Mortgage Warehousing

Some lenders want huge dollars packages of mortgages. One reason is that they might wish large packages in order to issue mortgage-backed securities. At other times, mortgage bankers might be speculating on falling interest rates which means the bankers will have a great deal of their own funds and borrowed funds tied up in loans.

Mortgage bankers borrow from commercial banks using their mortgage inventory to obtain additional capital for loans (loans secured by other loans are collaterally secured). There is a risk in mortgage warehousing in a movement of interest rates contrary to expectations. If rates fail, the mortgage banker would have a large inventory of loans which has to be sold at a price that could not only wipe out profits but be a financial loss.

Conforming Loans

Some mortgage companies makes only conforming loans. They sell to savings and loans, thrifts and other lenders who want to readily resell the loans should a sale be desirable.

Nonconforming Loans

Mortgage bankers will only make a nonconforming loan when they either have a buyer for such a loan or know that a resale will not create a problem. Examples of such loans would be larger residential loans which exceed Fannie Mae and Freddie Mac maximums.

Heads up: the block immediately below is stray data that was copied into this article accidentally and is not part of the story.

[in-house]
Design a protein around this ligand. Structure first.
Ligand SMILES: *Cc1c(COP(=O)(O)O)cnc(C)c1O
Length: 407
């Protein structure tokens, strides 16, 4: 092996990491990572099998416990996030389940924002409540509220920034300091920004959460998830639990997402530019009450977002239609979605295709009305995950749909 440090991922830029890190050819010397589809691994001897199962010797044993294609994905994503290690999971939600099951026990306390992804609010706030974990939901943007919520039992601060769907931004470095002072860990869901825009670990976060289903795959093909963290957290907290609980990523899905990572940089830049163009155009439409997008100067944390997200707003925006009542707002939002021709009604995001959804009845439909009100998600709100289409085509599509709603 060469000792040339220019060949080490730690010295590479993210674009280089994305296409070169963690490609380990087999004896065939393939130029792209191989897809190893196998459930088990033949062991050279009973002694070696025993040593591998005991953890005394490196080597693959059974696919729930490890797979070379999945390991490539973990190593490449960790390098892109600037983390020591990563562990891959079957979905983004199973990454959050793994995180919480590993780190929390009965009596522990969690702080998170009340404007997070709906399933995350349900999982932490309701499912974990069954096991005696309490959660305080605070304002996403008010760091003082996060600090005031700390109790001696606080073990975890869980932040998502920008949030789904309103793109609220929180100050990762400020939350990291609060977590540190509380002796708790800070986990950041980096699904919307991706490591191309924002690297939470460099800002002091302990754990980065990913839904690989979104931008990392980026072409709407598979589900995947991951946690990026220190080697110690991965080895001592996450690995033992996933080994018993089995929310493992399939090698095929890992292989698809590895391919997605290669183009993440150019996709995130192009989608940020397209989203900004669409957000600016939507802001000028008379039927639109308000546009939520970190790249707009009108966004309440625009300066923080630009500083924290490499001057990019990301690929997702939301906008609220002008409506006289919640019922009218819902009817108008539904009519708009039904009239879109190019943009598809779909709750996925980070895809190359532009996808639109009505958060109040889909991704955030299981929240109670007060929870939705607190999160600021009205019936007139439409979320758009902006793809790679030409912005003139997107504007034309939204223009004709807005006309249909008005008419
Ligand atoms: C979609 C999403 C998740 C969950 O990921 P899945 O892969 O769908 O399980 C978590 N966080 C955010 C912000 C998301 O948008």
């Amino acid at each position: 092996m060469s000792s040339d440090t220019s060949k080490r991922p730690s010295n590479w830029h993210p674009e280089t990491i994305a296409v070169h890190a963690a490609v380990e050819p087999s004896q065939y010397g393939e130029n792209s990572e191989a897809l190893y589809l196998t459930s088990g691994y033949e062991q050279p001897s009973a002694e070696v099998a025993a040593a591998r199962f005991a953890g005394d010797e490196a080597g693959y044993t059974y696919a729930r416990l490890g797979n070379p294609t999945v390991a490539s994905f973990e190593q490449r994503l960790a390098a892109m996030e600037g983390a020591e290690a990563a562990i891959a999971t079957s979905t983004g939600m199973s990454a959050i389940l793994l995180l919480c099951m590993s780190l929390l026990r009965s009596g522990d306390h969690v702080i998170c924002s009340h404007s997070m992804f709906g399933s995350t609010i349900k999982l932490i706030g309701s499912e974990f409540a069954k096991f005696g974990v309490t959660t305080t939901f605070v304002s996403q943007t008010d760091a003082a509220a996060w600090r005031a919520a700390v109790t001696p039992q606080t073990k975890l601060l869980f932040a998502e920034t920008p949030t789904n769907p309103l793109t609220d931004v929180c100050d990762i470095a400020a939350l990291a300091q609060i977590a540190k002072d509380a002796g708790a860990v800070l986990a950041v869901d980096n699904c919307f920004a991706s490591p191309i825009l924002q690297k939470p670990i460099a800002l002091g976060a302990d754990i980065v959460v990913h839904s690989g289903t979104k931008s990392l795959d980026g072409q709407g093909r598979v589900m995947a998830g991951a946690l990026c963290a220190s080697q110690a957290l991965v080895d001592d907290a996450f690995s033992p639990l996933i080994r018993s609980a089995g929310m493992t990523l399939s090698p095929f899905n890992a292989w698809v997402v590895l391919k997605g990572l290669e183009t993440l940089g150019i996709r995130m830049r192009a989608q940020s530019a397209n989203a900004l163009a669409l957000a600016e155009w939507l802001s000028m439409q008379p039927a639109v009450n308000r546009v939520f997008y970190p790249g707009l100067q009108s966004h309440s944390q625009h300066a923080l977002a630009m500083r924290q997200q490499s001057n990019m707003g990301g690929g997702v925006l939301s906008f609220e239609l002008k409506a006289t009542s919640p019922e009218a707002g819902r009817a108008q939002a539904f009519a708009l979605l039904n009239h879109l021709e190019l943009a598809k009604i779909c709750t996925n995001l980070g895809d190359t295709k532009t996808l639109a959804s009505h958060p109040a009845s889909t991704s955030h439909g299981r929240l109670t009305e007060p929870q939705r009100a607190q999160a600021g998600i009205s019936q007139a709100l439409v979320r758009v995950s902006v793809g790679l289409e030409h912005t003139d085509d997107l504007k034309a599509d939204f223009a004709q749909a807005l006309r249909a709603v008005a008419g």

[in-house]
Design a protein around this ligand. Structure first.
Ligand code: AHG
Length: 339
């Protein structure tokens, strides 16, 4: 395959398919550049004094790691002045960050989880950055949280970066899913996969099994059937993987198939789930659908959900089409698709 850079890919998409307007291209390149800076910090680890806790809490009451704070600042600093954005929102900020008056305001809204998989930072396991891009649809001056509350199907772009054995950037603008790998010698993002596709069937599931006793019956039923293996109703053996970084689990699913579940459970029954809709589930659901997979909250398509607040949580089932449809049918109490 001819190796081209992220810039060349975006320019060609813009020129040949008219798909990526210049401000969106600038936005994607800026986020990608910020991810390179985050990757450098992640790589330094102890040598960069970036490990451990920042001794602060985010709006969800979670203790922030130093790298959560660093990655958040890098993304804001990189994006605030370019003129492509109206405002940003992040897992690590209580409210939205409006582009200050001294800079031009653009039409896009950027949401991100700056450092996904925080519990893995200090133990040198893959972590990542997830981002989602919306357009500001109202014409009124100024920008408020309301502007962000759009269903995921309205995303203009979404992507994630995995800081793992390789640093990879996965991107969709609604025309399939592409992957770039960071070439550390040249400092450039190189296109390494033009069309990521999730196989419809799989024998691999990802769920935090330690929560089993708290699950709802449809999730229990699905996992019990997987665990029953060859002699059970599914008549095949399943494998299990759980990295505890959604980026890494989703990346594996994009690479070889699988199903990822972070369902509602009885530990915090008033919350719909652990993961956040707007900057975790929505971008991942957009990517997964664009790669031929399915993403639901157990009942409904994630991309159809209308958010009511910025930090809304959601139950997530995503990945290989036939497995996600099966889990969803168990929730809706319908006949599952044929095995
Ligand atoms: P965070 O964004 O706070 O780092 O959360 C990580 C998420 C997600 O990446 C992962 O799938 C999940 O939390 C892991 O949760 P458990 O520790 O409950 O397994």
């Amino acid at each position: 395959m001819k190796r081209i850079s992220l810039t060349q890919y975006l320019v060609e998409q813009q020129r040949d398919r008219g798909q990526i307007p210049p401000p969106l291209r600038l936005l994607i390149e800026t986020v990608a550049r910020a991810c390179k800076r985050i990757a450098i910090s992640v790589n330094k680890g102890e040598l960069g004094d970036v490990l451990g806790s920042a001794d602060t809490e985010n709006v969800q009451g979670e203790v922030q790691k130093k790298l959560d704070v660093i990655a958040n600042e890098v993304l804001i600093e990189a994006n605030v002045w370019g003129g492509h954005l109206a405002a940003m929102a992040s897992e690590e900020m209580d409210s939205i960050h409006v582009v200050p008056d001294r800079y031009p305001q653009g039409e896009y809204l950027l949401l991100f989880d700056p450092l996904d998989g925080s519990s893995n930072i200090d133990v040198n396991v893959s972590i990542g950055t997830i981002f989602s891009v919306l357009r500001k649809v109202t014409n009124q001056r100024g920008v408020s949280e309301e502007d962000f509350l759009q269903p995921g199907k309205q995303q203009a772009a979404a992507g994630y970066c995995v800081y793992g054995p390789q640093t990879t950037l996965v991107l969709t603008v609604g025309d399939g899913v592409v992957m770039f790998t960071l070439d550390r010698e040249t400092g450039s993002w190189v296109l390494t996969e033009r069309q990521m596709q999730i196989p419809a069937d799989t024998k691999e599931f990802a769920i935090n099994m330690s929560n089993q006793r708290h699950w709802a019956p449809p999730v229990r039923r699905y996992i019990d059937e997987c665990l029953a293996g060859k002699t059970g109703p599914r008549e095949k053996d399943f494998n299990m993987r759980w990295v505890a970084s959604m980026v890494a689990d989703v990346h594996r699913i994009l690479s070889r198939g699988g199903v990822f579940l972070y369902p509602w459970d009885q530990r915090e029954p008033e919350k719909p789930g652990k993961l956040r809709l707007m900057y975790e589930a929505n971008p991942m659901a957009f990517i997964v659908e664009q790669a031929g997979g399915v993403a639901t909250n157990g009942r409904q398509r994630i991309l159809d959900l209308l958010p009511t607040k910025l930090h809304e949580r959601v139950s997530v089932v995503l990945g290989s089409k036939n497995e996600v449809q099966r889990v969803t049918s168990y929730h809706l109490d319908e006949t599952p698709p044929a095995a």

Multiple Lenders

Mortgage bankers will at times put together large commercial loans as either the lender of loan arranger which is divided among several lenders. Sometimes the reason for such a loan is sheer size. Many lenders would shy away from a billion dollar commercial loan for a new mall, but they might like a piece of the action because of the desirable interest rate.

Mortgage bankers are often able to put together a consortium of lenders to handle such a loan. Another multiple-lender loan is a piggyback loan, where a single loan is divided into parts and the parts have varying degrees of risk. As an example, assume a million dollar loan is sought on a project valued at $1.3 million. One lender might agree to take $700,000 of the loan as the bottom portion at 9 1/2 percent interest. A second lender might agree to take the top portion of the loan ($300,000) at 12 1/2 percent interest. It is like a first and second trust deed written as a single loan. The second lender is subordinated to the first lender.

The top home lenders are the perfect people to meet every time you are looking for the perfect mortgage offer. You can find out more about home mortgage on several mortgage sites online.

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